• Show TV Channels

    Hide TV Channels

    TV
  • Show Radio Channels

    Hide Radio Channels

    Radio
  • Show Years

    Hide Years

    Year
  • Issues

Close group

Close group

Day Navigation

Listings

: FRANK NEWMAN

At the Organ of Lozells Picture House,
Birmingham
(Midland Regional Programme)

: JACK MARTIN and his HOTEL MAJESTIC ORCHESTRA

From The Hotel Majestic, St. Annes-on-Sea
(North Regional Programme)

: A GRAMOPHONE RECITAL

Arranged and Presented by ROBERT TREDINNICK
(Midland Regional Programme)

Contributors

Presented By: Robert Tredinnick

: The Midland Studio Orchestra

Directed by Frank Cantell
(Midland Regional Programme)

Contributors

Directed By: Frank Cantell

: THE SCOTTISH STUDIO ORCHESTRA

Directed by Guy Daines
(Scottish Regional Programme)

Contributors

Directed By: Guy Daines

: REGINALD DIXON

At the Organ of The Tower Ballroom, Blackpool
(North Regional Programme)

: ' The First News'

WEATHER FORECAST, FIRST GENERAL NEWS
BULLETIN and Bulletin for Farmers

: THE NORTHERN STUDIO ORCHESTRA

Directed by JOHN BRIDGE
STELLA TAGGART (Soprano)
JAMES LOUGHLIN (Pianoforte)

Contributors

Directed By: John Bridge
Soprano: Stella Taggart
Pianoforte: James Loughlin

: THE B.B.C. DANCE ORCHESTRA

Directed by HENRY HALL

Contributors

Directed By: Henry Hall

: String Orchestral Concert

SURYA SENA (Sinhalese Folk-songs)
THE B.B.C. ORCHESTRA
(Strings of Section D)
(Led by LAURANCE TURNER )
Conducted by LESLIE HEWARD
Concerto Grosso in E minor (Op. 6, No. 3) Handel
1. Larghetto, Andante ; 2. Allegro ; 3. Polonaise : Andante ; 4. Allegro, ma non troppo
Nearly two hundred years ago-that is to say, in 1739, when this Grand Concerto, one of twelve, was composed-Handel was alive, very popular, and was still composing as hard as he could go. Besides, there was not then anything like the modern choice from which to make up programmes, and Handel's share was naturally a lion's one. There can be little doubt that these Grossi Concerti were popular with audiences of those days, as were the twelve organ concertos written about the same time, and in no place was Handel's music more welcome than in the Gardens of Vauxhall and Ranelagh. The organ concertos were certainly played there, for a new and expensive organ had recently been built in the rotunda of Vauxhall Gardens; and the Grand Concertos figure often in the programmes. Handel was, of course, a frequent visitor to the Gardens, and an honoured one. One recalls all this because, if such an imposing title as Concerto Grosso did not appal the very mixed audiences at Vauxhall, it need not appal any listener tonight. As a matter of fact, these ' Grand Concertos ' are extremely robust, jolly things, and far more free and unlicensed in form than was the kind of work which presently took its place-the symphony.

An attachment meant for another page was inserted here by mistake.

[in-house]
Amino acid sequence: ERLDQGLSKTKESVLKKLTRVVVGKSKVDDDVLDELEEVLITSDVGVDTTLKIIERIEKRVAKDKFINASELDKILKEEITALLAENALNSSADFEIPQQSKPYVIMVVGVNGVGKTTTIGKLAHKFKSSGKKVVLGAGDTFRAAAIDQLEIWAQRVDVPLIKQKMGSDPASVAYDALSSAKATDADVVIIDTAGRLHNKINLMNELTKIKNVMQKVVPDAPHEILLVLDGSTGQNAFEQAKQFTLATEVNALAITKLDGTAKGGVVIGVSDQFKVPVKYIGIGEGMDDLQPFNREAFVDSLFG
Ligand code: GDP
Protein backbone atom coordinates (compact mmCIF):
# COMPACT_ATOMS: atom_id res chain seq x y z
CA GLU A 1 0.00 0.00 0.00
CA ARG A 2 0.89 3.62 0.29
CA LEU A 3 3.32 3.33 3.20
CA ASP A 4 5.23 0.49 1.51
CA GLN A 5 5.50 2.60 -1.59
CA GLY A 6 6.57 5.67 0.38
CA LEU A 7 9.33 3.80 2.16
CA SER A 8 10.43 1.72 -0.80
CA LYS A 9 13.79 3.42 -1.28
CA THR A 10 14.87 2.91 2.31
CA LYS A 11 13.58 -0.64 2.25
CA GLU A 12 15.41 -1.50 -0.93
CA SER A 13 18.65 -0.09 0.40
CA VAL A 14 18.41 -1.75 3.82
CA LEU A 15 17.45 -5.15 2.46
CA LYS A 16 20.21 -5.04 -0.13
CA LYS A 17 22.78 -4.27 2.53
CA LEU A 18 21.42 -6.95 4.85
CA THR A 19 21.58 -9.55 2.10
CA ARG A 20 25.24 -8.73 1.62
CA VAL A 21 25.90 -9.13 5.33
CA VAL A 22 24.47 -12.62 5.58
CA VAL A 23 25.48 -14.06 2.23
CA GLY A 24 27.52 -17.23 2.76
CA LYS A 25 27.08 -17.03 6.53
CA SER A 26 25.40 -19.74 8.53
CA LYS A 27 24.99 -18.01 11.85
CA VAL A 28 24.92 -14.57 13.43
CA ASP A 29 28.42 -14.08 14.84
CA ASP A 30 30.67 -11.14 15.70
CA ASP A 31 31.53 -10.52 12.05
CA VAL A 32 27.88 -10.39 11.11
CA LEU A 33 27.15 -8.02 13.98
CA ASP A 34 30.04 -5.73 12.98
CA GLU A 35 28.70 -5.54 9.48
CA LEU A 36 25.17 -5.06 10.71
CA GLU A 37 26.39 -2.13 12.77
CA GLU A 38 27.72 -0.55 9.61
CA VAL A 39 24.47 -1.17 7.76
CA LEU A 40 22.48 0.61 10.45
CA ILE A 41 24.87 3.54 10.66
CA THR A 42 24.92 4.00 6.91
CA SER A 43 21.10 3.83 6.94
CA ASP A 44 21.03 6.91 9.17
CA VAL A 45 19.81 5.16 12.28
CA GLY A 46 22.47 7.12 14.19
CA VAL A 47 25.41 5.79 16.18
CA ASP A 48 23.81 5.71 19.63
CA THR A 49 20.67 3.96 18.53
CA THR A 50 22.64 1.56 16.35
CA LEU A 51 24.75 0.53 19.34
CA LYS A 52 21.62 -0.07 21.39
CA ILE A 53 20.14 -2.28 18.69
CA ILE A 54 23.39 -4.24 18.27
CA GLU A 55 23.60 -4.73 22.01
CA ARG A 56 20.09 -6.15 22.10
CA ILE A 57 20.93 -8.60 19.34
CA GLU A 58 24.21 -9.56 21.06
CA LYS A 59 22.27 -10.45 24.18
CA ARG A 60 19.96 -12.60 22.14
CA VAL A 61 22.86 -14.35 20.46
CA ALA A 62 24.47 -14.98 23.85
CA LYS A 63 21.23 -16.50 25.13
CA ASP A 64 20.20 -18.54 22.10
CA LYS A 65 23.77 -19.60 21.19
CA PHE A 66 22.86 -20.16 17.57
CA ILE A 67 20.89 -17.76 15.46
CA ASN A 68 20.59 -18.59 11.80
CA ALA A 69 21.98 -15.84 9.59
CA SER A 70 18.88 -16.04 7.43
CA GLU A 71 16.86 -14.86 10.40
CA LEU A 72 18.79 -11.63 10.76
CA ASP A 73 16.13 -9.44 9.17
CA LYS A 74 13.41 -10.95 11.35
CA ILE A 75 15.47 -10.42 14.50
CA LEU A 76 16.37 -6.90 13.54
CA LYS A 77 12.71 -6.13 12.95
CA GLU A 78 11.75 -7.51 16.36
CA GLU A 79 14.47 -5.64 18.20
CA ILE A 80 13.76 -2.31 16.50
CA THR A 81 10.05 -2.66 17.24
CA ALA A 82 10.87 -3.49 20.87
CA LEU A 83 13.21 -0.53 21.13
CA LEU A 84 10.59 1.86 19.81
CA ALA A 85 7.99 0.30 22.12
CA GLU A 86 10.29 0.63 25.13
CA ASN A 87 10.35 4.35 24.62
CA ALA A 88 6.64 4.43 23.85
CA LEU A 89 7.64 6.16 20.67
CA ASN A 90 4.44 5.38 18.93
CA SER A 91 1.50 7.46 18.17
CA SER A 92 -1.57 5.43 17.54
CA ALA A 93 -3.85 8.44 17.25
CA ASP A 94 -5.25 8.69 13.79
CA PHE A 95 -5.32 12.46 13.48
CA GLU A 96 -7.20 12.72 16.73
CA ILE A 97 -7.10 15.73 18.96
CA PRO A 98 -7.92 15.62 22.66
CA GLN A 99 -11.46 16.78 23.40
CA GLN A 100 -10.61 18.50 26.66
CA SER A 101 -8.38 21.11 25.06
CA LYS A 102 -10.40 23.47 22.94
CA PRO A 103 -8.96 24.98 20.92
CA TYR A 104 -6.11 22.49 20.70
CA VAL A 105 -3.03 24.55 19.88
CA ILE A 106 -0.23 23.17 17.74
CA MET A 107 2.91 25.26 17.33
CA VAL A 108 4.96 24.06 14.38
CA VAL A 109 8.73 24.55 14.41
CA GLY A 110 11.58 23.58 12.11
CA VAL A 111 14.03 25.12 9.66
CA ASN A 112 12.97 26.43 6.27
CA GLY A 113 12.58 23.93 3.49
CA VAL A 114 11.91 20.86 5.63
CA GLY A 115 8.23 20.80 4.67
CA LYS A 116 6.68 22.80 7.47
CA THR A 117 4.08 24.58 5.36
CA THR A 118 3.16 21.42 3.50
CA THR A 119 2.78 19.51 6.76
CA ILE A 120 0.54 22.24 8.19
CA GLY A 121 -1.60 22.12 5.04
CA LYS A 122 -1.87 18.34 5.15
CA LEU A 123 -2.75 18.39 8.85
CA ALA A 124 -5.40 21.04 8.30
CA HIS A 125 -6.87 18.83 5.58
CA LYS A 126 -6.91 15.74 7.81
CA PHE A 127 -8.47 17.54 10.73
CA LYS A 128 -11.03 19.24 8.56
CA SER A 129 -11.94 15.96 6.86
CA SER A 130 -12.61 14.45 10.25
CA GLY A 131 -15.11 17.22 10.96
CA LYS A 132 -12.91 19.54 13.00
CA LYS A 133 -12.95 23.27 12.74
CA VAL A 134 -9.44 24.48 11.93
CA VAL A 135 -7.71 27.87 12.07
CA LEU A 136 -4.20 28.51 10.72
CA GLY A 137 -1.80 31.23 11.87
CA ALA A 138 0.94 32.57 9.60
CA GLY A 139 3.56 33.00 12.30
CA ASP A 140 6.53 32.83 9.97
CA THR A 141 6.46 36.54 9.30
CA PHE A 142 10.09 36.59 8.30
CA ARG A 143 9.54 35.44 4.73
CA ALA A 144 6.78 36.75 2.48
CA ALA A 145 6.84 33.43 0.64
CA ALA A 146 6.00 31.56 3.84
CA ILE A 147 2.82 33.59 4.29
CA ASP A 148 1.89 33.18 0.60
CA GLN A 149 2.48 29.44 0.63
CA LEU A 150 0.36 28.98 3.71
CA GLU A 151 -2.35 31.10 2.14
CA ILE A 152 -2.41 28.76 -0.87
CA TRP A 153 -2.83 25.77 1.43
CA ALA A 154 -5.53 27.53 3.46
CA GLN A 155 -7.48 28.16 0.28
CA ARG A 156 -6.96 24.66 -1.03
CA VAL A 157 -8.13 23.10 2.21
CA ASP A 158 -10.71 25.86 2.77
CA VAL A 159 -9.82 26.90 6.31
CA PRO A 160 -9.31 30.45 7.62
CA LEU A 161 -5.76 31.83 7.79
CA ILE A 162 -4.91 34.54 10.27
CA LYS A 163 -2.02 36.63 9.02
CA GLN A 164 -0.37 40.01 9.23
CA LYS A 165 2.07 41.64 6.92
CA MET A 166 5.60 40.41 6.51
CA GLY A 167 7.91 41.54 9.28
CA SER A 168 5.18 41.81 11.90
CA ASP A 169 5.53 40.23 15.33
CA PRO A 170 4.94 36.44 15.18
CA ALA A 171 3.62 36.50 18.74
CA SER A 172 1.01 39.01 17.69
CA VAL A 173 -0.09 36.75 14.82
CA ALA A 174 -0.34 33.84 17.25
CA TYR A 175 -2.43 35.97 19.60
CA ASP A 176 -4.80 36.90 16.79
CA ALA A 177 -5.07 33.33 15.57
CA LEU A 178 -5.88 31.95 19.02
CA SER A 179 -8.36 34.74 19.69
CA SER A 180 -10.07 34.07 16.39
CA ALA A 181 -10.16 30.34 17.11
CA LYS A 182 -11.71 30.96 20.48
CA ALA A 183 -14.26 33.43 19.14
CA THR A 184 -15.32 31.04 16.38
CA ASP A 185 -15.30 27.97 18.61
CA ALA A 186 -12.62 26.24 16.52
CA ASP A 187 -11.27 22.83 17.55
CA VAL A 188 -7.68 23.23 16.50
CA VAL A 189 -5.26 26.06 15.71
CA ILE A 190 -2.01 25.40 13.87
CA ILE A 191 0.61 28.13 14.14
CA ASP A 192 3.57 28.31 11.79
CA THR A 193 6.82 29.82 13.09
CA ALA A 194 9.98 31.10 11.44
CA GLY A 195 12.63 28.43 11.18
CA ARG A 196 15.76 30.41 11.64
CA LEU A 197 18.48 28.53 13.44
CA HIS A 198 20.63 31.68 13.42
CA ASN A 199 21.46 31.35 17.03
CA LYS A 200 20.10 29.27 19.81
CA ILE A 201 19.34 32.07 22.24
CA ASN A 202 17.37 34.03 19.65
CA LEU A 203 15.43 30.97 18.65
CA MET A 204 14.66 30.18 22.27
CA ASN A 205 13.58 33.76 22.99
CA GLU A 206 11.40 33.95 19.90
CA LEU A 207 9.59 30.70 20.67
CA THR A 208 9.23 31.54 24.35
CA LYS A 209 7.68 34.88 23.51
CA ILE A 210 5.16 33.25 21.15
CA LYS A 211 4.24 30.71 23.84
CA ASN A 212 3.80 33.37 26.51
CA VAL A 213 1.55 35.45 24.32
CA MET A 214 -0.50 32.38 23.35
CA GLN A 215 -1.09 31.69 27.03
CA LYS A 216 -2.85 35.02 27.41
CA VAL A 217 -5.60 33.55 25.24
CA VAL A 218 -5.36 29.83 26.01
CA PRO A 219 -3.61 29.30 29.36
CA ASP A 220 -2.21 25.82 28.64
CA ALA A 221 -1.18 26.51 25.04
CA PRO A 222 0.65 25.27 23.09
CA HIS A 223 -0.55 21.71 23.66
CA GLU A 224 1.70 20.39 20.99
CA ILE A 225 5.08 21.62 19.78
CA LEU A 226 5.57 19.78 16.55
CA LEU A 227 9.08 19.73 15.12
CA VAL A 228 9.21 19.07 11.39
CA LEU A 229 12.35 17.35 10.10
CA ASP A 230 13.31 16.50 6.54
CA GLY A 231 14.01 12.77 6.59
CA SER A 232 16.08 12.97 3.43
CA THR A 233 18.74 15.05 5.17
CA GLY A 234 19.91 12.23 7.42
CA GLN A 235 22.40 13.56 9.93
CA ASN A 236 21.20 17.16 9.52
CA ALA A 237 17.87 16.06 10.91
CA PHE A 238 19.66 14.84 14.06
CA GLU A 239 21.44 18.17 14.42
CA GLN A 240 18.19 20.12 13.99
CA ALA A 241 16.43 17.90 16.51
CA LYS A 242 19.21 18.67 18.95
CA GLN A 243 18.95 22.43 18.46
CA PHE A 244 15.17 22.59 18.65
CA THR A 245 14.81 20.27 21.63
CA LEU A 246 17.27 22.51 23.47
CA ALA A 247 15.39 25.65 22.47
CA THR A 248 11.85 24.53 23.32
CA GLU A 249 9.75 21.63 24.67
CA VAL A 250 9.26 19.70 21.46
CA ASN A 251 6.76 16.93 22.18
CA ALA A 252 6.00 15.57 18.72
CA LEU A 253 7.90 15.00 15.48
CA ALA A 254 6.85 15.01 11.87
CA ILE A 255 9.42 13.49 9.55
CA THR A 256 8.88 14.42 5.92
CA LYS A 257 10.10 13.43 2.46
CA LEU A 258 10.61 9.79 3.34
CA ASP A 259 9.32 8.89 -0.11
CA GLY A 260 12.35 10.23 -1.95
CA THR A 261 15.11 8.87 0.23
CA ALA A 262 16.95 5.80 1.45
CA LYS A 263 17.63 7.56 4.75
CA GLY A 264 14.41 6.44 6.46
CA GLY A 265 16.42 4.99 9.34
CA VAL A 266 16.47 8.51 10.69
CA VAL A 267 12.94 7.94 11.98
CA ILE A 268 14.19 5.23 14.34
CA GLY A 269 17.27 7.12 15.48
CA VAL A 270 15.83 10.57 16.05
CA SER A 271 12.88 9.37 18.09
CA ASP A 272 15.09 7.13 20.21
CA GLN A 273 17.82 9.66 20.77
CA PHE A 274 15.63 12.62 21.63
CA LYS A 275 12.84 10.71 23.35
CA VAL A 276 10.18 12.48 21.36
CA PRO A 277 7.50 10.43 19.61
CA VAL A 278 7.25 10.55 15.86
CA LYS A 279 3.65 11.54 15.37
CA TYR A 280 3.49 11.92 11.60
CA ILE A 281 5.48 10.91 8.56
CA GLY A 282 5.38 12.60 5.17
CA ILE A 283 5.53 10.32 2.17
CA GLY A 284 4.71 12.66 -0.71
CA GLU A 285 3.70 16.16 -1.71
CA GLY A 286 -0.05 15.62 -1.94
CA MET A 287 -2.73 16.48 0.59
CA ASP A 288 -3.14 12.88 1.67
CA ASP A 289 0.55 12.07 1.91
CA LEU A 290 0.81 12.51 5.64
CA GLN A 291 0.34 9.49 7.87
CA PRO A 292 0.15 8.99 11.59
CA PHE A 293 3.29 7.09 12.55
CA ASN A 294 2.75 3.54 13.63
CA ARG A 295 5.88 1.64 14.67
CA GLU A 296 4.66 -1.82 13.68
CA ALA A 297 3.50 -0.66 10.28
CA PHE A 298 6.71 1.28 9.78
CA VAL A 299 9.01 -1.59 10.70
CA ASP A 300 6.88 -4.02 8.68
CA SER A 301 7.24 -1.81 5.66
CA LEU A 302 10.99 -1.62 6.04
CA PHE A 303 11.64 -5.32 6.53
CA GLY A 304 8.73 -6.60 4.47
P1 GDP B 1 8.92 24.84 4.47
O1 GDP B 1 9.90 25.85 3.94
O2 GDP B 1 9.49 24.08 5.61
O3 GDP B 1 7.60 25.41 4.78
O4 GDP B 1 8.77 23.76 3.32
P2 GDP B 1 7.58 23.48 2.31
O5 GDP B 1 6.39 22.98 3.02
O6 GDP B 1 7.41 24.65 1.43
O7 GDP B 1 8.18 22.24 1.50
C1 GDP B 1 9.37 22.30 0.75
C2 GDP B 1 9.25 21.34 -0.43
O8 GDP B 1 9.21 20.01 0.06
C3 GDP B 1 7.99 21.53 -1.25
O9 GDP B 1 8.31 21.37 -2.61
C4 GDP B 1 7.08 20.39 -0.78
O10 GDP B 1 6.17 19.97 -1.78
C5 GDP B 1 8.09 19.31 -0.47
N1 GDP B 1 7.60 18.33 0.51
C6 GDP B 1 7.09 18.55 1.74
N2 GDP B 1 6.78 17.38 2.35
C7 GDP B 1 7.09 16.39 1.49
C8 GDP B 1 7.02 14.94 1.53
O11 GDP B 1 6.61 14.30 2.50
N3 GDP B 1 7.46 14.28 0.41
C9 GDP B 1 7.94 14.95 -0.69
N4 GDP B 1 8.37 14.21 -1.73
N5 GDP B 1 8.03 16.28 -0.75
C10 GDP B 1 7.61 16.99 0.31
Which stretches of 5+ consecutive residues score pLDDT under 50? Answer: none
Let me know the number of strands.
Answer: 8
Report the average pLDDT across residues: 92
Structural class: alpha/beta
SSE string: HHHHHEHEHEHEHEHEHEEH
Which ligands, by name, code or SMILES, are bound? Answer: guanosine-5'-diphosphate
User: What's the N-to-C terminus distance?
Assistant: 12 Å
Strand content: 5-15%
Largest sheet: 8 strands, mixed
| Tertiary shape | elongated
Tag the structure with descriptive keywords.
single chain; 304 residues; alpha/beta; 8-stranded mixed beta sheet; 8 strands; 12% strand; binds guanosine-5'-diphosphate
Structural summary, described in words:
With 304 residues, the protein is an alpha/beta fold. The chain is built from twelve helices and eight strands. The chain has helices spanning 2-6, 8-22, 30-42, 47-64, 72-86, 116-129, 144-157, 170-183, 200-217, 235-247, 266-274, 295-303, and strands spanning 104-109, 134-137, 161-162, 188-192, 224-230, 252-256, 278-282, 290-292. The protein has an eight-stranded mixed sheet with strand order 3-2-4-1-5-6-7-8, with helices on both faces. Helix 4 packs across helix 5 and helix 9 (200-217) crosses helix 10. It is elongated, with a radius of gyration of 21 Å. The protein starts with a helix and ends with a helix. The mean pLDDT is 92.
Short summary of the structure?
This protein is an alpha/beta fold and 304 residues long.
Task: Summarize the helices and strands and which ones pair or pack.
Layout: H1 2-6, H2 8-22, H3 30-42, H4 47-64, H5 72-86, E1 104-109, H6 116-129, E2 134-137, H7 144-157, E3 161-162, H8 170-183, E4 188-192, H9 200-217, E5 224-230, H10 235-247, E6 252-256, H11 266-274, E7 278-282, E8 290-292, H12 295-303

The first three of his native Sinhalese songs which Surya Sena is singing are remarkable for their great antiquity. They are sung, as all Indian melodies are sung, without harmonic accompaniment-for the Tambura, a stringed instrument which will be used as a bass, makes only a drone. The words and melodies of such songs as these are based on the gait and movements of various animals, birds, and reptiles.

Contributors

Unknown: Laurance Turner
Conducted By: Leslie Heward
Unknown: Grossi Concerti

: ' The Second News'

WEATHER FORECAST, SECOND GENERAL NEWS
BULLETIN

: DANCE MUSIC

AMBROSE'S BLUE LYRES, from THE DORCHESTER
HOTEL








About this project

This site contains the BBC listings information which the BBC printed in Radio Times between 1923 and 2009. You can search the site for BBC programmes, people, dates and Radio Times editions.

We hope it helps you find information about that long forgotten BBC programme, research a particular person or browse your own involvement with the BBC.

Through the listings, you will also be able to use the Genome search function to find thousands of radio and TV programmes that are already available to view or listen to on the BBC website.

There are more than 5 million programme listings in Genome. This is a historical record of the planned output and the BBC services of any given time. It should be viewed in this context and with the understanding that it reflects the attitudes and standards of its time - not those of today.

To read scans of the Radio Times magazines from the 1920s, 30s, 40s and 50s, you can navigate by issue.

Welcome to BBC Genome

Genome is a digitised version of the Radio Times from 1923 to 2009 and is made available for internal research purposes only. You will need to obtain the relevant third party permissions for any use, including use in programmes, online etc.

This internal version of Genome, which includes all the magazine covers, images and articles as well as the programme listings from the Radio Times, is different to the version of BBC Genome that is available externally/to the public. It is only available inside the BBC network.

Your use of this version of Genome is covered by the BBC Acceptable Use of Information Systems Policy and these terms.

BBC Guidance

This historical record contains material which some might find offensive
Continue Cancel